. . .

(p. B4) Apart from IBM, companies that publicly pulled back on telecommuting over the past decade include Aetna, Best Buy, Bank of America, Yahoo, AT&T and Reddit. Remote employees often felt marginalized, which made them less loyal. Creativity, innovation and serendipity seemed to suffer.

Marissa Mayer, the chief executive of Yahoo, created a furor when she forced employees back into offices in 2013. “Some of the best decisions and insights come from hallway and cafeteria discussions, meeting new people and impromptu team meetings,” a company memo explained.

. . .

At the beginning of the year, the unemployment rate was low and workers had some leverage. All that has been lost, at least for the next year or two. Widespread remote work could consolidate that shift.

“When people are in turmoil, you take advantage of them,” said John Sullivan, a professor of management at San Francisco State University.

“The data over the last three months is so powerful,” he said. “People are shocked. No one found a drop in productivity. Most found an increase. People have been going to work for a thousand years, but it’s going to stop and it’s going to change everyone’s life.”

Innovation, Dr. Sullivan added, might even catch up eventually.

“When you hire remotely, you can get the best talent around and not just the best talent that wants to live in California or New York,” he said. “You get true diversity. And it turns out that affects innovation.”

For the full story, see:

David Streitfeld. “Working From Home Has a Checkered Past.” The New York Times (Tuesday, June 30, 2020): B1 & B4.

(Note: ellipses added.)

(Note: the online version of the story has the date June 29, 2020, and has the title “The Long, Unhappy History of Working From Home.”)

Book Advice from Ayaan Hirsi Ali: Hayek’s Constitution of Liberty

(p. 6) Do you and your wife, the activist and writer Ayaan Hirsi Ali, share similar taste in books? What books has she recommended to you, and vice versa?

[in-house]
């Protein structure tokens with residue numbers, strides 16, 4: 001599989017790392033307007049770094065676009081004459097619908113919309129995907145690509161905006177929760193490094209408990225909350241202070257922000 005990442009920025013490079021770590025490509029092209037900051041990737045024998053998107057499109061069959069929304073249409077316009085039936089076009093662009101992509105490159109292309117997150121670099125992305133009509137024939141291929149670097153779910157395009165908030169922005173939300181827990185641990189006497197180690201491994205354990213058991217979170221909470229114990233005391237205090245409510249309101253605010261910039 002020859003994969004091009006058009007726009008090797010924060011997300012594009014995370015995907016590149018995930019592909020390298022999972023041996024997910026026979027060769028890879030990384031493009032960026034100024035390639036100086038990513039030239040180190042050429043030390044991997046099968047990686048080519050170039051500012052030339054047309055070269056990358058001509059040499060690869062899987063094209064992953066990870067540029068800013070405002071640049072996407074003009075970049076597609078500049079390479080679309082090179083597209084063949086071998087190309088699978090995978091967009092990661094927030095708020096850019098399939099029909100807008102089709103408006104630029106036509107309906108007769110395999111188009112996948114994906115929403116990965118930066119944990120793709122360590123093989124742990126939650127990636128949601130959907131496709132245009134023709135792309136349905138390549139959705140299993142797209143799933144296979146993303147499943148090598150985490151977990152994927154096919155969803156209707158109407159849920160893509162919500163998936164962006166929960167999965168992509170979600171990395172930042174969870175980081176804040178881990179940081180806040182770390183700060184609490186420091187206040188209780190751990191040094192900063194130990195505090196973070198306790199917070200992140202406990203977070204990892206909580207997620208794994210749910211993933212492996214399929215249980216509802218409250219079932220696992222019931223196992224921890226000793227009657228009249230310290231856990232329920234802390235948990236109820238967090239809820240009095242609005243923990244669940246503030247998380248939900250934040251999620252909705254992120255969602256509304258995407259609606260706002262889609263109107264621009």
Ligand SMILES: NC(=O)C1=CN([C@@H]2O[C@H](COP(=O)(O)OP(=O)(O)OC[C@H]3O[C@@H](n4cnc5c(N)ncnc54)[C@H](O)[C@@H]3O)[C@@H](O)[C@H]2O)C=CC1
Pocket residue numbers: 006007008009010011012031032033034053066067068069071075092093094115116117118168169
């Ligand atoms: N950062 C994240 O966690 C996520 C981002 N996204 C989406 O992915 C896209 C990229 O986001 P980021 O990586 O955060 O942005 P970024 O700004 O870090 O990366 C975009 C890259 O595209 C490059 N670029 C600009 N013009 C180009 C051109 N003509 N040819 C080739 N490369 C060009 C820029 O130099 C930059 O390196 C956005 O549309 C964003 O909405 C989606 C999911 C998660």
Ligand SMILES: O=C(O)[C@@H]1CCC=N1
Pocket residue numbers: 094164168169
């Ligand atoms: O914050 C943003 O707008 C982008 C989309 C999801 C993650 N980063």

Very similar, so books frequently cross the bedroom from one nightstand to the other. A good example was Hayek’s “The Constitution of Liberty,” her favorite work of political philosophy, which she urged me to read.

. . .

Which books do you think capture the current social and political moment in America?

I shared the widespread enthusiasm for J. D. Vance’s “Hillbilly Elegy” last year, but the must-read book for Trump’s election and presidency remains Charles Murray’s astonishingly prescient “Coming Apart.” I wish the contemptible “students” who disrupted his lecture at Middlebury College earlier this year — not one of whom I’ll bet had ever read a word of his — would read “Coming Apart” and then look in the mirror and realize: “Oh God, I’m a member of that loathsome coastal cognitive elite that is completely out of touch with middle America.”

. . .

Disappointing, overrated, just not good: What book did you feel as if you were supposed to like, and didn’t? Do you remember the last book you put down without finishing?

. . . To give an example of a book I found overrated, Thomas Piketty’s “Capital in the Twenty-First Century” was both conceptually unsound and tediously executed.

For the full interview, see:

“BY THE BOOK; Niall Ferguson.” The New York Times Book Review (Sunday, January 14, 2018): 6.

(Note: ellipses added, bold in original. Bold questions are by the anonymous NYT interviewer. Unbold answers are by Niall Ferguson.)

(Note: the online version of the interview has the date Jan. 11, 2018, and has the same title as the print version. The last question and answer quoted above, appeared in the online, but not in the print, version. Neither version gives the name of the interviewer.)

Ayann Hirsi Ali’s favorite political philosophy book, mentioned above, is:

Hayek, Friedrich A. The Constitution of Liberty. Reprint ed. Chicago: University of Chicago Press, 2011 (1st ed. 1960).

Musk Pivots Tesla to Be Less Automated and to Do More In-House

(p. B2) Mr. Musk became deeply interested in improving and automating the car-building process after painful struggles to increase production of the company’s first SUV, the Model X, in 2016.

In a rare public acknowledgment of error, Mr. Musk conceded in 2018 that he went overboard with his automation attempts for the Model 3. That mistake snarled the company’s efforts to ramp up production in 2017 and 2018—a dark period that shook investor confidence in his ability to execute on his vision for Tesla to evolve from a niche luxury brand into a mainstream electric-car company.

. . .

The factory expansion is a further acknowledgment by Tesla that some of its founding assumptions were off. The original business plan for the company, founded in 2003, was to create a car company resembling more of a personal technology company, rather than a traditional auto maker, by outsourcing vehicle assembly much like how gadgets were made.

But that effort was eventually abandoned as Mr. Musk began to realize the importance of controlling more of a company filled with complex logistics and manufacturing nuances.